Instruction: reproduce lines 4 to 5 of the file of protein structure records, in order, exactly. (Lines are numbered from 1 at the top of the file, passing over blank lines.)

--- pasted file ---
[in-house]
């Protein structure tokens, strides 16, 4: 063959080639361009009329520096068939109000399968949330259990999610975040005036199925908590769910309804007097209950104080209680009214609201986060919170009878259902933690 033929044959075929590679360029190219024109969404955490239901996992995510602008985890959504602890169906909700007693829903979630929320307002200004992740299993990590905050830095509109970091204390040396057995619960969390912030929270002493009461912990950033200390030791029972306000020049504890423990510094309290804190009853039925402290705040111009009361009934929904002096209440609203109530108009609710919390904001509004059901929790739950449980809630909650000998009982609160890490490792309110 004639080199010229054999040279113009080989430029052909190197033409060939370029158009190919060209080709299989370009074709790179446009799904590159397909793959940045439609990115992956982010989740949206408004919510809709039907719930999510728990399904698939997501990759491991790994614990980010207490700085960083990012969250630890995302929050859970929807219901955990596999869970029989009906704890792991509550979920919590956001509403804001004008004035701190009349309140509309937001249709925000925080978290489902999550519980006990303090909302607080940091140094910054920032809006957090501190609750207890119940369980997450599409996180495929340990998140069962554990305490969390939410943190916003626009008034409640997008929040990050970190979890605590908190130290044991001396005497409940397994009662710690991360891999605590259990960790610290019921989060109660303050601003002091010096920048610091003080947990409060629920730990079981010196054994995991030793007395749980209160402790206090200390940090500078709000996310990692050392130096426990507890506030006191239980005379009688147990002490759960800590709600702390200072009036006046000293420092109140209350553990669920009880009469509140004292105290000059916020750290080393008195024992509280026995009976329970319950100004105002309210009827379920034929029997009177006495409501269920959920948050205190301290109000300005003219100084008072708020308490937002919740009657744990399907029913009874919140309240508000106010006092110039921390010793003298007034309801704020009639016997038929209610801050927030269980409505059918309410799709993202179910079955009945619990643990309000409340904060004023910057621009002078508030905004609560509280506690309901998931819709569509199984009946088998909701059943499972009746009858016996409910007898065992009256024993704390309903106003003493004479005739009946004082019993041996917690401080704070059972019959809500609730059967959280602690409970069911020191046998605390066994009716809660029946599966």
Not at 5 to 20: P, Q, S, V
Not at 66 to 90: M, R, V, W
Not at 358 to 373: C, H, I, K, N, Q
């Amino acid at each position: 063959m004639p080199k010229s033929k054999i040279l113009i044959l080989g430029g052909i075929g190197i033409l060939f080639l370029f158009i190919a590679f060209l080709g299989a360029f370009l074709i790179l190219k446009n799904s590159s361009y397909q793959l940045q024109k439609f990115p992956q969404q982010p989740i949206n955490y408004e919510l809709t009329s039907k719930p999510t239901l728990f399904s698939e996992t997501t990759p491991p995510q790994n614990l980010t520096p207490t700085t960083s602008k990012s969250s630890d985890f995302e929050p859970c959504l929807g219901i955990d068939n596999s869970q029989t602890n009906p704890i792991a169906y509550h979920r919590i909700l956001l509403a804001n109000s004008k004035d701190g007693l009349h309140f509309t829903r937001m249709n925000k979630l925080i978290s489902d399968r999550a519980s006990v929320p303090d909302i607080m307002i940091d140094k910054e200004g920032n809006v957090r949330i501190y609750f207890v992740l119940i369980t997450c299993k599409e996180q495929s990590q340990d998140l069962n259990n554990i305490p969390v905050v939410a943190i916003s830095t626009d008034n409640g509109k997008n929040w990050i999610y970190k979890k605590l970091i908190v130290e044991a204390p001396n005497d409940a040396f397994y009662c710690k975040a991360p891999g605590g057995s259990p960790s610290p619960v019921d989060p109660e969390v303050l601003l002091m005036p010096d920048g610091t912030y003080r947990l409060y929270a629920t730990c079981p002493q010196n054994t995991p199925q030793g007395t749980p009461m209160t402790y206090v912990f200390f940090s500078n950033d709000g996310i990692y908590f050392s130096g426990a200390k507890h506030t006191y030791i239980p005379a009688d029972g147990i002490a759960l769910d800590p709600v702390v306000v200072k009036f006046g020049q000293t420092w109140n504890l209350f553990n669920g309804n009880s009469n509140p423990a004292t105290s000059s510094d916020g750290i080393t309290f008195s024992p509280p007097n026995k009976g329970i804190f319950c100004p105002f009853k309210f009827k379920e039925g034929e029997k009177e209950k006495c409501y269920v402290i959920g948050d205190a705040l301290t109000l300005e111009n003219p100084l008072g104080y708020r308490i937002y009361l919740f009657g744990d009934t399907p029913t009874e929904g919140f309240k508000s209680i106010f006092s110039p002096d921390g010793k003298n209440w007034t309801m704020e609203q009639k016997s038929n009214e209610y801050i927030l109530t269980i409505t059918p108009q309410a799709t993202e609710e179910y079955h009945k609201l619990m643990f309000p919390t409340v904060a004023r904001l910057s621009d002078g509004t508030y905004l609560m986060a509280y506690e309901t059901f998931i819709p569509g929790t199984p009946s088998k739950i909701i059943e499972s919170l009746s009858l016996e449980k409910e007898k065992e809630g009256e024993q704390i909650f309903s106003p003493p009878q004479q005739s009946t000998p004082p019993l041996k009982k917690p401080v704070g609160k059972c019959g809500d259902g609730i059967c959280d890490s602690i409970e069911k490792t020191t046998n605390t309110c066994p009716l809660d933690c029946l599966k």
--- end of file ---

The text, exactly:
Not at 66 to 90: M, R, V, W
Not at 358 to 373: C, H, I, K, N, Q